Why We Need the World Bank

Originally published with the headline “Growth is Not Enough”

The Wolfowitz crisis at the World Bank and now the resignation of Rodrigo de Rato from the IMF have stirred larger debates in Washington on broader issues. Washington Post columnist George Will was drawn into the debate regarding the World Bank presidency of Paul Wolfowitz, seeing the real crisis to be the World Bank itself rather than the former president. “The Real World Bank Problem” is thought to be that “the bank is losing its battle to retain whatever relevance it once had” due to the fact that capital markets are now willing to lend private funds to emerging market economies whereas the purpose, according to George Will, is to lend to countries unable to attract private capital.

If this need is evaporating, then the Bank should evaporate with it, according to Will. For, after all, “the great prerequisite for curing poverty is, however economic growth, and the world has learned, during a 63-year retreat from statism, that the prerequisite for growth is free markets allocating private capital to efficient uses.” If markets can work, why have institutions? is the argument. If governments are persuaded to withhold funds from the bank because a lack of confidence in its leadership, so much the better, even if it is for the wrong reason, since the bank itself is irrelevant, so his argument goes.

Economics above politics, it would appear. But alas, it is simply another attempt to mask a political argument in an economic one. What has been learned since the 1980s has been that an attempt to rely exclusively on market forces and getting prices right through unfettered competition and liberalization is that institutions matter in market economies. The lack of strong institutions affecting growth and poverty reduction is evident in the emerging market economy crisis in Asia in the late 1990s as much as it is in the poverty trapped countries in Africa and elsewhere. And if institutions matter in domestic market economies, institutions matter in the new global economy as well.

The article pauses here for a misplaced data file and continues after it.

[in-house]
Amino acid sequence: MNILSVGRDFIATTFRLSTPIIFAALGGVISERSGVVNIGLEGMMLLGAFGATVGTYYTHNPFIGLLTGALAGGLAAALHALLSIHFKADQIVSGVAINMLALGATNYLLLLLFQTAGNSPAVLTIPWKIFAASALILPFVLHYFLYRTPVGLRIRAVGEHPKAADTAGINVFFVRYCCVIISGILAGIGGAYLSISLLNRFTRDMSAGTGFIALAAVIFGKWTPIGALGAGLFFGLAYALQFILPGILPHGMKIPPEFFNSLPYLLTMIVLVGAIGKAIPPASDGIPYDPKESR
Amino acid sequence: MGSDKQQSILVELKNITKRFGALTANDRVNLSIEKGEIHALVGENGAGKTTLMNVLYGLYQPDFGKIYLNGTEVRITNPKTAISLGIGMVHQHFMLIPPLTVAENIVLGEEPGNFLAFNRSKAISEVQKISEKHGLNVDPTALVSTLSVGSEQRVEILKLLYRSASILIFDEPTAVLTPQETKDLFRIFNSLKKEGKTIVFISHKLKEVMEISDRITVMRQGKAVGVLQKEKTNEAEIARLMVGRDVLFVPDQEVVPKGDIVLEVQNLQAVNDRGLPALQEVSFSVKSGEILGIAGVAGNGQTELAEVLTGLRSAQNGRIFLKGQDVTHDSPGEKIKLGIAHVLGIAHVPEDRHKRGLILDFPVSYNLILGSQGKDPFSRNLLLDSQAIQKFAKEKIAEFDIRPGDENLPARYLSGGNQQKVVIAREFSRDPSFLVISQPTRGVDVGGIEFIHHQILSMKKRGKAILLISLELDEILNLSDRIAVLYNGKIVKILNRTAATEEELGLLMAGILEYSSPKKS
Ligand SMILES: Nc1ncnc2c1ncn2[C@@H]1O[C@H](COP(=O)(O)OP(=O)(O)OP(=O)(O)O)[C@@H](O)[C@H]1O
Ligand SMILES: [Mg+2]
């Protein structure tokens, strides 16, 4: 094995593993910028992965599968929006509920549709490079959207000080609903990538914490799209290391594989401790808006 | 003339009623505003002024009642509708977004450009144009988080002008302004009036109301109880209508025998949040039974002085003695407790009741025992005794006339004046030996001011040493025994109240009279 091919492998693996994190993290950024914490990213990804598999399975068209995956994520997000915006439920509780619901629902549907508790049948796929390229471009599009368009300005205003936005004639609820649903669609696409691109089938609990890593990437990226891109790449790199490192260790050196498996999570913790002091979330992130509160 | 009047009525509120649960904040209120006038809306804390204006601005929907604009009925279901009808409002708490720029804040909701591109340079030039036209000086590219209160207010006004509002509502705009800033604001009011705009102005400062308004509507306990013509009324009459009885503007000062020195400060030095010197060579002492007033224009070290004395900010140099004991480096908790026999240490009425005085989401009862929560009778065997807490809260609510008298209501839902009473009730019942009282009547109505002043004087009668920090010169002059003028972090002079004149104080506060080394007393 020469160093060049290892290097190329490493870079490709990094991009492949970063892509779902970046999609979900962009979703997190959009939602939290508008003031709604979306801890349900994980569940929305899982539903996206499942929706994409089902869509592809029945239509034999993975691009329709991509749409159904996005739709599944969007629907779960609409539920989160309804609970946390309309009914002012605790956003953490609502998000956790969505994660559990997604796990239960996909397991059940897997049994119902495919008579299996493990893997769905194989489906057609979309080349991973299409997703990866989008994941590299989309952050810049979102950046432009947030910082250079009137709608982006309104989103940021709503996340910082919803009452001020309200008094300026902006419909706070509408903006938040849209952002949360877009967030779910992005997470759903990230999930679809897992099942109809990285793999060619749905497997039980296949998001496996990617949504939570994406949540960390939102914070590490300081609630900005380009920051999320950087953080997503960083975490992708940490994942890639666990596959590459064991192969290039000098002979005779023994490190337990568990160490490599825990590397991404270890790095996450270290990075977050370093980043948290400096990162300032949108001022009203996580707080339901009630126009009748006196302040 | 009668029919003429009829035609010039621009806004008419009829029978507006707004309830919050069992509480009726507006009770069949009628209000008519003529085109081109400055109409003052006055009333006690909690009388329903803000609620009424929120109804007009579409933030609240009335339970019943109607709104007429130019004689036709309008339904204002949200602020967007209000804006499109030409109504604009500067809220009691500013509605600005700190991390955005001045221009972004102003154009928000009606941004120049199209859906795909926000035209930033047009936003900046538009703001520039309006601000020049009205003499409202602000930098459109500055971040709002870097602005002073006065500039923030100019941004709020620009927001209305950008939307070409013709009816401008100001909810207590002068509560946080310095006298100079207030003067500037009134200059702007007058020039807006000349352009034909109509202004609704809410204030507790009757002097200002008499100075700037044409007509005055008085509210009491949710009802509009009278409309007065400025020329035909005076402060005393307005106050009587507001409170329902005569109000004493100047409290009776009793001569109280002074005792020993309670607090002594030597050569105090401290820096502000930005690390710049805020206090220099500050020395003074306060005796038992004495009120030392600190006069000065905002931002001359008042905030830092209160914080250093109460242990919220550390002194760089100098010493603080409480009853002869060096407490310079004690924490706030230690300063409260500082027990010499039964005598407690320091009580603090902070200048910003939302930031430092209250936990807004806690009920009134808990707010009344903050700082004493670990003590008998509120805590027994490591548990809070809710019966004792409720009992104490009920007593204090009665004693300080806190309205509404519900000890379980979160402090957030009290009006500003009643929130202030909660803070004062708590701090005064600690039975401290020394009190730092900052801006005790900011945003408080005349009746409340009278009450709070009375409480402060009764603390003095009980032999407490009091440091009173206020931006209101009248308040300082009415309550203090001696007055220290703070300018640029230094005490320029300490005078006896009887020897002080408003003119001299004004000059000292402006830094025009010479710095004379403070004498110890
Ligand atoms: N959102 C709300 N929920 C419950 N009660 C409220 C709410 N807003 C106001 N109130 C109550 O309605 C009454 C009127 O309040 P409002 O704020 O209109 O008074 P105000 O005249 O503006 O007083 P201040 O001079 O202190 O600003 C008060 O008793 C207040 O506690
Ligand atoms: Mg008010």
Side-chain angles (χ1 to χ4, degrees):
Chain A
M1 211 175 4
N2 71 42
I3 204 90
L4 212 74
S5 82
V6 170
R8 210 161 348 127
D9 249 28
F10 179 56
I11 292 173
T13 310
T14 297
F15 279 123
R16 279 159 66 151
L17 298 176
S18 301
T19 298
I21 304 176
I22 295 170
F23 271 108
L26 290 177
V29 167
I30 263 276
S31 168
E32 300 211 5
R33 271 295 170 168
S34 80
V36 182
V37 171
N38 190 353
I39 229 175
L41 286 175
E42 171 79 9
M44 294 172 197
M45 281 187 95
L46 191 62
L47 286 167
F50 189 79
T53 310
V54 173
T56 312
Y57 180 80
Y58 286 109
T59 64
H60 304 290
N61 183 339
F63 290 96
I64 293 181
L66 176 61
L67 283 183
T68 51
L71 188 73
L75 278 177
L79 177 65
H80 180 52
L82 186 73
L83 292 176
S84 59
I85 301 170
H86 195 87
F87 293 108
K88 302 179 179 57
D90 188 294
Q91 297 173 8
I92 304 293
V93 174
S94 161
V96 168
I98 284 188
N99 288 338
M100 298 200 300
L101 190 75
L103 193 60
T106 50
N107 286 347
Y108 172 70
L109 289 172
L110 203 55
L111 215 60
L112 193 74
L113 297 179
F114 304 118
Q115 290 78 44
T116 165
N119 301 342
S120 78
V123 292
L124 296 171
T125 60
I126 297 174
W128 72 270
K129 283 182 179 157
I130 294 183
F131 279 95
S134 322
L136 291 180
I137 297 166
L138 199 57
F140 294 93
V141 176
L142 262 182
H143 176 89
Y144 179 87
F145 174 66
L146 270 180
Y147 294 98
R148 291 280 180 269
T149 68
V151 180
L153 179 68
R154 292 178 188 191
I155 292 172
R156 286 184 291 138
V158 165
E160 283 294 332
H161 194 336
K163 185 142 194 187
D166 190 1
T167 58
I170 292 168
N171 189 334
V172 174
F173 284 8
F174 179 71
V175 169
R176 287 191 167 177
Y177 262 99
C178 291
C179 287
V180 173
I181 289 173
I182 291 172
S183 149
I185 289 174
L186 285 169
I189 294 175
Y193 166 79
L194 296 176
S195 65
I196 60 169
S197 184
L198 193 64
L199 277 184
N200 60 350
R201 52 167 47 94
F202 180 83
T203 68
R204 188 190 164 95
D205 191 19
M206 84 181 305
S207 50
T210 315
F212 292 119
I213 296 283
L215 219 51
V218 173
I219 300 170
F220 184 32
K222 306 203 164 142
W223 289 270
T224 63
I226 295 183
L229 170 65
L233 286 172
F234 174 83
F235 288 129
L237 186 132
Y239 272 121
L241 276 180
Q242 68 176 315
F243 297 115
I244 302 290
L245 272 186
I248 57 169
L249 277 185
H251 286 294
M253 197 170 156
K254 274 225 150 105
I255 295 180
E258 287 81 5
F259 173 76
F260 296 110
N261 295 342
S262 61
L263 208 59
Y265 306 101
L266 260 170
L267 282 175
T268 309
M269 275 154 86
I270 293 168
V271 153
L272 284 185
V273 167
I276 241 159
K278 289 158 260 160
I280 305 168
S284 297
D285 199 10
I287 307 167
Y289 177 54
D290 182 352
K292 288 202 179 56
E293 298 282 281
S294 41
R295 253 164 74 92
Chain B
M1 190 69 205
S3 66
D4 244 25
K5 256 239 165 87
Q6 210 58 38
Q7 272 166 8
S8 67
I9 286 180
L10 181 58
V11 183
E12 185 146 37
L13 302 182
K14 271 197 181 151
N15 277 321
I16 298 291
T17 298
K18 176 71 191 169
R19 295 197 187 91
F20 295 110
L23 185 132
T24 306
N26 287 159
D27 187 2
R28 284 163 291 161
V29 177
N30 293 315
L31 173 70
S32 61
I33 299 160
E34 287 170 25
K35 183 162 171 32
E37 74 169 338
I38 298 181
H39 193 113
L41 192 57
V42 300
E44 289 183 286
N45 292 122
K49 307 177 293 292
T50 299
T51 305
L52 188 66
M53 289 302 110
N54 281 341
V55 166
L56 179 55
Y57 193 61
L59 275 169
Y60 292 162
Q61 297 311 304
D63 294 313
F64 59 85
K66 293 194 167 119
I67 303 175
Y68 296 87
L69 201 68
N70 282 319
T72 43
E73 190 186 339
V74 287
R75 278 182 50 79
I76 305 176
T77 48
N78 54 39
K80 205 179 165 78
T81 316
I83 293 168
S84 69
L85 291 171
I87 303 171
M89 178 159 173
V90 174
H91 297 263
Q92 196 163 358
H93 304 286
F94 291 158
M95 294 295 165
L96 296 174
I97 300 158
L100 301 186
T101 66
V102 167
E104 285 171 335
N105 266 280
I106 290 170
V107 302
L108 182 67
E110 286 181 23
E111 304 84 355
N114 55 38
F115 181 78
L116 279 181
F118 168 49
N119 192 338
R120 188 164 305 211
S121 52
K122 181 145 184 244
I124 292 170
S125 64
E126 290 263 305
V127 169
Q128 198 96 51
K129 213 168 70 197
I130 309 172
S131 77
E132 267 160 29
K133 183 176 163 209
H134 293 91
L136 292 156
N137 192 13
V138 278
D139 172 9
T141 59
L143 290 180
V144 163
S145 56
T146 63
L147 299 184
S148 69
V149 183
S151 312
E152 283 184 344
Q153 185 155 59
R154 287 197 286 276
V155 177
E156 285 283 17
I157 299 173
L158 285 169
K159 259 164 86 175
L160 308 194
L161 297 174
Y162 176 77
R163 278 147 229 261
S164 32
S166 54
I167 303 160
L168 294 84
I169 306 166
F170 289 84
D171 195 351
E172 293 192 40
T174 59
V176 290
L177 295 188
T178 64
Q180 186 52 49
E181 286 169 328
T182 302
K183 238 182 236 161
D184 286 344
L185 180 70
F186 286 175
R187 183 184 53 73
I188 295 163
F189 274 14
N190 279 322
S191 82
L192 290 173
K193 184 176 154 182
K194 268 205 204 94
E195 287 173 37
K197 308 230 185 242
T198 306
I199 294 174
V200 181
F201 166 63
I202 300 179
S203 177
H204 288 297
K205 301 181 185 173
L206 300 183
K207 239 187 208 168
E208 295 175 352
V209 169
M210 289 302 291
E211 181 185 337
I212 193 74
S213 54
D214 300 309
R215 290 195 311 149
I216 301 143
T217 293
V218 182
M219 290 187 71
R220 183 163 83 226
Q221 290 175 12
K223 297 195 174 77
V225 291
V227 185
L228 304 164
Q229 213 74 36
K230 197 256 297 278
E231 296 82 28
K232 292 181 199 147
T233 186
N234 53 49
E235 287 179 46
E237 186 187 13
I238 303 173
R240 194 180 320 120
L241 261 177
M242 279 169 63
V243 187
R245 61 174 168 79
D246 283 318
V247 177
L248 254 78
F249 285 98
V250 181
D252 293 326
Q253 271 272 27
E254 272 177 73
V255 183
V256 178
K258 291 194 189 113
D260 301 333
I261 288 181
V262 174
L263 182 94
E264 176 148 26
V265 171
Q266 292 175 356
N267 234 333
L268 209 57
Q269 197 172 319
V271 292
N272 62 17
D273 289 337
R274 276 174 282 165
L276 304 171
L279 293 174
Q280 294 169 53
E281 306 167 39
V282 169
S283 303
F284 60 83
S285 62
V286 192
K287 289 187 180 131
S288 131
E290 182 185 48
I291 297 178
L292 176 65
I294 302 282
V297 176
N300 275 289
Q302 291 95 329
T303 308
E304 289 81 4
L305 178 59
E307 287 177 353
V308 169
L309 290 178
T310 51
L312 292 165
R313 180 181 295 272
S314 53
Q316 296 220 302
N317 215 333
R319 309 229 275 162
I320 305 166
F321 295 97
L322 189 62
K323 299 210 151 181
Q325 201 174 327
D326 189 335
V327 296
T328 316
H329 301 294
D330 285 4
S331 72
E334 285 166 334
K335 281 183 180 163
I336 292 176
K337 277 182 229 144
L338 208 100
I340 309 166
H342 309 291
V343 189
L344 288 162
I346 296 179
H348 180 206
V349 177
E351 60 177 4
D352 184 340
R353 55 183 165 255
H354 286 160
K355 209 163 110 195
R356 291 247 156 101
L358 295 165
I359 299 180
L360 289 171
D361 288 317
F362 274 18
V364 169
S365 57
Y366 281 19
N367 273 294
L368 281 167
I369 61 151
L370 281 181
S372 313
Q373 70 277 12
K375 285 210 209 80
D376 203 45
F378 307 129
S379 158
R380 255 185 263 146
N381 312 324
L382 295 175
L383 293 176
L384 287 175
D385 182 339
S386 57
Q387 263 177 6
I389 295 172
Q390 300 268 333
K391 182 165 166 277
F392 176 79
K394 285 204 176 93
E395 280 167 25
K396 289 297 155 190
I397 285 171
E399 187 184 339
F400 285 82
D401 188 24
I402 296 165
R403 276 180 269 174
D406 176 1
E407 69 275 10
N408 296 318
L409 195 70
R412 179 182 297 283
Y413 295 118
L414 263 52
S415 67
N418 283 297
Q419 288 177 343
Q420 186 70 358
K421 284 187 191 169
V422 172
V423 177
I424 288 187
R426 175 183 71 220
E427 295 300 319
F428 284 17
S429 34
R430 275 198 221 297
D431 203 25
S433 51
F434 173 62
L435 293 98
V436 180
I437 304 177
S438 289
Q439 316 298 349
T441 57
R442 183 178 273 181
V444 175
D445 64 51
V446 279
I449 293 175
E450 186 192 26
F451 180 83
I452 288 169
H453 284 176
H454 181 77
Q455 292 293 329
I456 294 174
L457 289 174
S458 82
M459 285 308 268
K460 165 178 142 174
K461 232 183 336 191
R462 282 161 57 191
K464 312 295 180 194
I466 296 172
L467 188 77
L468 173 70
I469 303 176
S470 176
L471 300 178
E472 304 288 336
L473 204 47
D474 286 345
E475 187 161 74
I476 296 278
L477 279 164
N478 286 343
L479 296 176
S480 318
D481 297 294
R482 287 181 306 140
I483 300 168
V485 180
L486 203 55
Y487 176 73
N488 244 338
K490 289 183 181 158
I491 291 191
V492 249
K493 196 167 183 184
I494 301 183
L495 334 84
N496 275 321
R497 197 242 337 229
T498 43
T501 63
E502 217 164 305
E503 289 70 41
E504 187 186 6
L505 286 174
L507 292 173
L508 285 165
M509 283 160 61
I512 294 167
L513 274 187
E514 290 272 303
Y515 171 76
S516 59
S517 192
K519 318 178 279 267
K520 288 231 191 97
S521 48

But a market fundamentalist lens blocks out the critical role of institutions in the regulation, oversight, rebalancing and adjustment to market distortions and failures. Unfettered market forces are more attractive to the journalist, theorist or academician than it is to the poor, the unemployed, or those living in countries experiencing financial crises. Hardly anyone anymore is arguing that market fundamentalism by itself is an idea worth trying to implement in practice.

Not since the 1960s have economists and professionals believed that development is economic growth. Growth is a necessary, for sure, but not a sufficient condition. But development, to the chagrin of outside critics, has gotten more complex. Development is no longer solely economic. Health, education, gender equality, environmental sustainability, governance and institutional development are now critical elements in spurring poverty reduction and development. The new insight is that none of these elements of the poverty puzzle can be realized without the others. This new vision of development as multifaceted and multidisciplinary increases the complexity and the challenges, but enhances the chances of being effective in what is admittedly a daunting task.